By John Richardson
HERE is the good news about China’s latest interest rate cut and reduction in its bank-reserve requirement: Most people are at long last seeing these types of measures for what they really are, which is an attempt to reduce the short-term pain.
In the past, too many people – both short-term investors and the long-term planners in chemicals companies – would have interpreted these kind of stimulus initiatives as a signal that GDP growth would soon bounce back to Old Normal levels.
For several years now, this has quite plainly been mathematically impossible, given that for example China is paying some 17% of its total GDP in servicing existing interest payments. But for far too long, those who should have always known better – the long-term planners – conflated a recovery in financial and commodity markets, following another round of China stimulus, as a sign that the next five years would turn out be exactly like the last five years.
In this new great convergence, though, even commodity markets are telling chemicals company CEOs that a lot more pain is ahead: Oil prices actually fell on news of the latest China stimulus. In other words, there was simply no excuse left for misinterpreting last Friday’s decision by Beijing to further ease lending conditions.
Last Friday also saw the government further liberalise how banks can set deposit rates. The idea is to create more competition amongst lenders for deposits, which in the long term will have two positive effects:
- Higher deposit rates and thus interest earnings for the vast majority of Chinese savers. This will encourage more sustainable and broader-based consumer spending. Until now, consumer spending has been too reliant on the short term “wealth effect’ of the 2008-2013 stimulus package, which meant that a.) The levels of spending on autos, housing and other chemicals end-use markets we saw during those years were unsustainable and b.) This spending was concentrated in a relatively small, elite rich middle class who, because they were already rich, were able to take advantage of all this credit. Remember that because future consumer spending will be both more sustainable and broader-based, it will not involve vast fleets of more BMWs on China’s roads and millions more wardrobes stuffed full of Gucci handbags. It will instead be centred on affordability.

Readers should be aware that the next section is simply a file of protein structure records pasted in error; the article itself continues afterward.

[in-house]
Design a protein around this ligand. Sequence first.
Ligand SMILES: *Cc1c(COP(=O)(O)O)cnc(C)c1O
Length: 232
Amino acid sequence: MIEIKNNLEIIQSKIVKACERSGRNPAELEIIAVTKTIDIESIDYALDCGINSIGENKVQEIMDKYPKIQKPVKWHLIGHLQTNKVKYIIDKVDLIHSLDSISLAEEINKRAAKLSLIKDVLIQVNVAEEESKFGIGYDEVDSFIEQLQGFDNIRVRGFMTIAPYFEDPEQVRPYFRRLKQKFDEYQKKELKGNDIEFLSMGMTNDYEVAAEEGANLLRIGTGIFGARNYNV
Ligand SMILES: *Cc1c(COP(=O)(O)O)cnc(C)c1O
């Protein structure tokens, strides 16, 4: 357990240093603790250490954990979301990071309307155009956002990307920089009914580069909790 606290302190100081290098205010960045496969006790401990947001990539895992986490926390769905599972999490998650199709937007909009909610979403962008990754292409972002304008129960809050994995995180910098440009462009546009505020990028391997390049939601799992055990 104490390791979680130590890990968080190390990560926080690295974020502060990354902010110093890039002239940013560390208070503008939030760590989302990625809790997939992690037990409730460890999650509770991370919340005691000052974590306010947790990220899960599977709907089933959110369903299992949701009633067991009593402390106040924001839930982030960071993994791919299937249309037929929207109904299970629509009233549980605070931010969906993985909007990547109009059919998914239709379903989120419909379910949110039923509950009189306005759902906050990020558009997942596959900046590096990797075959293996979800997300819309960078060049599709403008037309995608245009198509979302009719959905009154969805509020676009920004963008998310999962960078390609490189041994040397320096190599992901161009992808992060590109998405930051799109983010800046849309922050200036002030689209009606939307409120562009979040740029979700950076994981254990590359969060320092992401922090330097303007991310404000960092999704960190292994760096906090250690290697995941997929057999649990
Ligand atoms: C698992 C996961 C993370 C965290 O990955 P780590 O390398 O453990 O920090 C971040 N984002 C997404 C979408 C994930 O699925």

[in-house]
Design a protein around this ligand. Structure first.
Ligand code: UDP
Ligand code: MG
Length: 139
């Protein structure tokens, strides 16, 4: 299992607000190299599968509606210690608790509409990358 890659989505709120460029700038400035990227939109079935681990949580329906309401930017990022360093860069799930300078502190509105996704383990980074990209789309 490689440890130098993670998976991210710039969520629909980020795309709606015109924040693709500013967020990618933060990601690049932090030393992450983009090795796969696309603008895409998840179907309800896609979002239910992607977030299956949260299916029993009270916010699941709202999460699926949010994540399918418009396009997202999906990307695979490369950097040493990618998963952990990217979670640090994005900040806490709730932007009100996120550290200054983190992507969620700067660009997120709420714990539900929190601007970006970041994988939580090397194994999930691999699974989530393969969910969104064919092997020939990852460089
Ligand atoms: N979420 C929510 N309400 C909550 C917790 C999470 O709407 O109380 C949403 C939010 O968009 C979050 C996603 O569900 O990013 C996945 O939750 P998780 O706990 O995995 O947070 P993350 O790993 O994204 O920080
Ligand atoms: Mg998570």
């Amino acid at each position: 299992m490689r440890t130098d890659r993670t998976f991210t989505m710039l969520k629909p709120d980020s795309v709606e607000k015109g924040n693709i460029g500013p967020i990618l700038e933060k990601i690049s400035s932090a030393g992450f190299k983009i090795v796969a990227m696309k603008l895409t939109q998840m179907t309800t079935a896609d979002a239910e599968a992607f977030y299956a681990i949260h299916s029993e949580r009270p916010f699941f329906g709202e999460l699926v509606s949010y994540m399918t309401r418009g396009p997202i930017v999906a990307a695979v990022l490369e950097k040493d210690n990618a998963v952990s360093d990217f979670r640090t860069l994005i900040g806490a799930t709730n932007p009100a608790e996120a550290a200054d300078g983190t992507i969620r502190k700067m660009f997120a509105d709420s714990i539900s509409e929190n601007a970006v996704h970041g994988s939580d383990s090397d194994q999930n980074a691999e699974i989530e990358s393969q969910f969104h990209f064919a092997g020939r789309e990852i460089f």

- Banks will have to be more selective about lending because of greater competition for deposits. This should mean fewer “soft loans” to oversupplied industries that are also bad for the environment. But whilst the move to further liberalise deposit rates is a step in the right direction, “vested interests” will continue to fight their rear guard action. It is silly, therefore, to think that China will any time soon move to a mainly high-value manufacturing and services-driven economy. Just as silly, in fact, as thinking that China is about to become a middle class country by Western standards.
Effective reform is instead going to remain a long and hard slog, as one of the people who have long been worth listening to – Diana Choyleva of Lombard Street Research – has again pointed out (see the above chart). This came in the form of her comments on the government’s announcement last Monday of official Q3 GDP growth statistics:
China’s real GDP data came in worse than we expected, raising the risk of a sharper downturn next year. Our preliminary estimates show growth at an annualised rate of just 2.9% in Q3, way lower than the official 7.2%. Year-on-year growth was 3.1% (official 6.9%).
The Q3 number changed the seasonally adjusted profile of our quarterly annualised estimate, lowering it to an average of just 3.5% so far this year.